House committee encourages greater cooperation on immigration enforcement

Kelsey Sheehy Contributor
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Securing the border and catching undocumented immigrants are tasks that fall on federal shoulders, but a House committee said Tuesday it is a load the Department of Homeland Security can’t carry alone.

Instead, the federal government should share those responsibilities with state and local agencies, House Homeland Security Committee members said.

“No matter what uniform they wear, the American people expect law enforcement officers to work together,” said Mississippi Democratic Rep. Bennie Thompson, the committee’s ranking member.

What is the best way for agencies to share the load? It depends on who you ask.

Cooperation between state, local and federal agencies is “crucial,” in keeping El Paso, Texas one of the safest communities in the country, said Gomecindo Lopez, commander of the El Paso County Sheriff’s Special Operations Bureau.

But extending the partnership to include enforcing immigration laws would jeopardize that status, he said.

“It will undermine the trust and cooperation of our immigrant communities,” Lopez said. “To undermine that trust would be a critical mistake.”

Lopez said trust in the authorities is what differentiates El Paso from Ciudad Juarez, the city’s cross-border neighbor, which has the highest murder rate in Mexico, according to the U.S. State Department.

Coordinating resources and efforts across all levels of the government makes fiscal sense, said Committee Chairwoman Rep. Candice Miller, a Michigan Republican.

“We cannot afford to have wasteful and duplicative efforts,” Miller said. “The American people rightly demand that we stretch tax payer dollars to get the most bang for our buck.”

State and local agencies get involved in criminal immigration violations like drug smuggling or human trafficking, but day-to-day enforcement should be left to the experts, said David Leopold, president of the American Immigration Lawyers Association.

“Immigration law is so complex,” Leopold said. “I think it’s a volatile mix when you add in state and local law enforcement.”

There is no one-size-fits-all answer on how to leverage local resources.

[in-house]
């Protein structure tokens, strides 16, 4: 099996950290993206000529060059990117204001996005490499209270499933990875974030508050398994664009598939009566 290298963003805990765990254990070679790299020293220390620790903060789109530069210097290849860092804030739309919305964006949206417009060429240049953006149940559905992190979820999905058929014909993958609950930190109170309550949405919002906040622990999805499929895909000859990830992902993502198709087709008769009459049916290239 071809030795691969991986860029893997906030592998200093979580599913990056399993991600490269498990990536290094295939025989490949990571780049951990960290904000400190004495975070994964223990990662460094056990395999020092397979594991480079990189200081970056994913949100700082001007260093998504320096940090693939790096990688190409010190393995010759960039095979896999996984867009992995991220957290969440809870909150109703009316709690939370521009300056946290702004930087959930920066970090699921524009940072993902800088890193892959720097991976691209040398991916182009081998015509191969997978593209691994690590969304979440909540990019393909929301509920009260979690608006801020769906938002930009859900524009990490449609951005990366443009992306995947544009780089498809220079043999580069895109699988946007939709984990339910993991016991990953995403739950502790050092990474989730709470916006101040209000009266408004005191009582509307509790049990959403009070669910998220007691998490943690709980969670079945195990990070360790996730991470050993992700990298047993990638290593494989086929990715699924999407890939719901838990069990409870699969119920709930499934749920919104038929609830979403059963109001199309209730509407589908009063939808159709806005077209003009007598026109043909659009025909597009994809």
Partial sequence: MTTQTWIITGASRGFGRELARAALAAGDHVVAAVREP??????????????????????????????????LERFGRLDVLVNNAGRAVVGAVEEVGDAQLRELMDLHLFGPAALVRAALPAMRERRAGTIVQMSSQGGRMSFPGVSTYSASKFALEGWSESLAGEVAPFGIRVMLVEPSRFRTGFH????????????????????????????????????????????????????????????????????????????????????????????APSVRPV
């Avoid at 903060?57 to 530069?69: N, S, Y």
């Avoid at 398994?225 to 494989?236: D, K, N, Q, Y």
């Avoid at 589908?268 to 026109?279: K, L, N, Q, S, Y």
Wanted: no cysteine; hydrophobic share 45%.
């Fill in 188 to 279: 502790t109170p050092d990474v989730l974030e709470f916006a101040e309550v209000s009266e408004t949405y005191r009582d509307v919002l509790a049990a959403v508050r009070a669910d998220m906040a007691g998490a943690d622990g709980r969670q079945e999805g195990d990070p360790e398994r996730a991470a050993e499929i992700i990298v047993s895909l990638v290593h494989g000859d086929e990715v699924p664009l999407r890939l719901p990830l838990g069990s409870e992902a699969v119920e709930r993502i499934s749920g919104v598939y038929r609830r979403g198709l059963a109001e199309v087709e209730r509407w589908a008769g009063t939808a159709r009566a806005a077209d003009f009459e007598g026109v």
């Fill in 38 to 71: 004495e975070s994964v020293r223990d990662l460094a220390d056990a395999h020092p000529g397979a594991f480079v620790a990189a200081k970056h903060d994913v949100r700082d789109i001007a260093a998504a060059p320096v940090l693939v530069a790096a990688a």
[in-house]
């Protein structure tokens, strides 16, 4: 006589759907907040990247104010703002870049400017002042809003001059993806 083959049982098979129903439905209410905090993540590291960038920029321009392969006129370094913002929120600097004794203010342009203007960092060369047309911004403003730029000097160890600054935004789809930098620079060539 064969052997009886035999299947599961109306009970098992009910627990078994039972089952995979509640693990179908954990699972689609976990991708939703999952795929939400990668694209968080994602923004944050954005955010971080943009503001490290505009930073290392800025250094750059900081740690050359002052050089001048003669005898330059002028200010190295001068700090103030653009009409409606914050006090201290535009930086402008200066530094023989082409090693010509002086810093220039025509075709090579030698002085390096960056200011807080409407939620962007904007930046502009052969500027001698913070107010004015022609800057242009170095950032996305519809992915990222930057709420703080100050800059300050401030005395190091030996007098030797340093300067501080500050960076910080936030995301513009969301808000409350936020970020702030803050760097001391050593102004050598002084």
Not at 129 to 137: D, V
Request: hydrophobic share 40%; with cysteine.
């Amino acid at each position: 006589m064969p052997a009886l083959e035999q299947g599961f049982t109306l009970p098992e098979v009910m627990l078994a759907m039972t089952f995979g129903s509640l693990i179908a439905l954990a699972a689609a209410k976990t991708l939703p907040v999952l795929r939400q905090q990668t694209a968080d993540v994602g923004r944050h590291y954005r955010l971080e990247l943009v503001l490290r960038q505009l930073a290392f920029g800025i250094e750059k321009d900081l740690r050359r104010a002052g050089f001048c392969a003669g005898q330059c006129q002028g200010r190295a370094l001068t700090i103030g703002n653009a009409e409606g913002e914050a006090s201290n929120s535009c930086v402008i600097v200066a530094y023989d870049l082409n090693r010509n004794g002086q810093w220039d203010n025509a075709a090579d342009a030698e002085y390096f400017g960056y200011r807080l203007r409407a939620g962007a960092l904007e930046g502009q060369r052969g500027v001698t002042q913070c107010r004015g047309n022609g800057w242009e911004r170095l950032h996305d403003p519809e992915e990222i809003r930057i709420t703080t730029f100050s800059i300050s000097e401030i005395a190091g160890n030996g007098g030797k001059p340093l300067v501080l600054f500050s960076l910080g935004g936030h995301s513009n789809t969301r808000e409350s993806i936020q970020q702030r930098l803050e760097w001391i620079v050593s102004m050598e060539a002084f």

Programs likes 287g, which train local agencies to perform limited immigration enforcement tasks, are good away from the border, said Cochise County Sheriff Larry Dever, but are no use to him along Arizona’s southwest border.

What Dever would like to see is collaboration between federal and local authorities in developing programs for local agencies.

“For the federal government to sit down and say ‘Hey, we have this program, would you like to participate?’ How about ‘Would you like to participate in a discussion about what kind of program we need to develop,’” Dever said.

The best way for state and local authorities to collaborate with Immigration and Customs Enforcement is through information sharing programs like secure communities, Dever said.

With secure communities, local law enforcement agencies check fingerprints taken during booking against a DHS database to determine immigration status. If the local agencies lack electronic finger printing technology they have to send the paper records to the state agency to scan in and check.

The program will be nationwide by 2013, said ICE Deputy Director Kumar Kibble. It is currently active in 1,265 jurisdictions in 42 states.

While ICE said secure communities is simply an information sharing program, critics say it takes resources away from local agencies at a time when they are already spread thin.

Providing federal funding to reimburse overtime expenses would help calm these concerns, said Etowah County Sheriff Todd Entrekin. His Alabama office already participates in secure communities.

The government provides no funding to local agencies that currently participate in the program.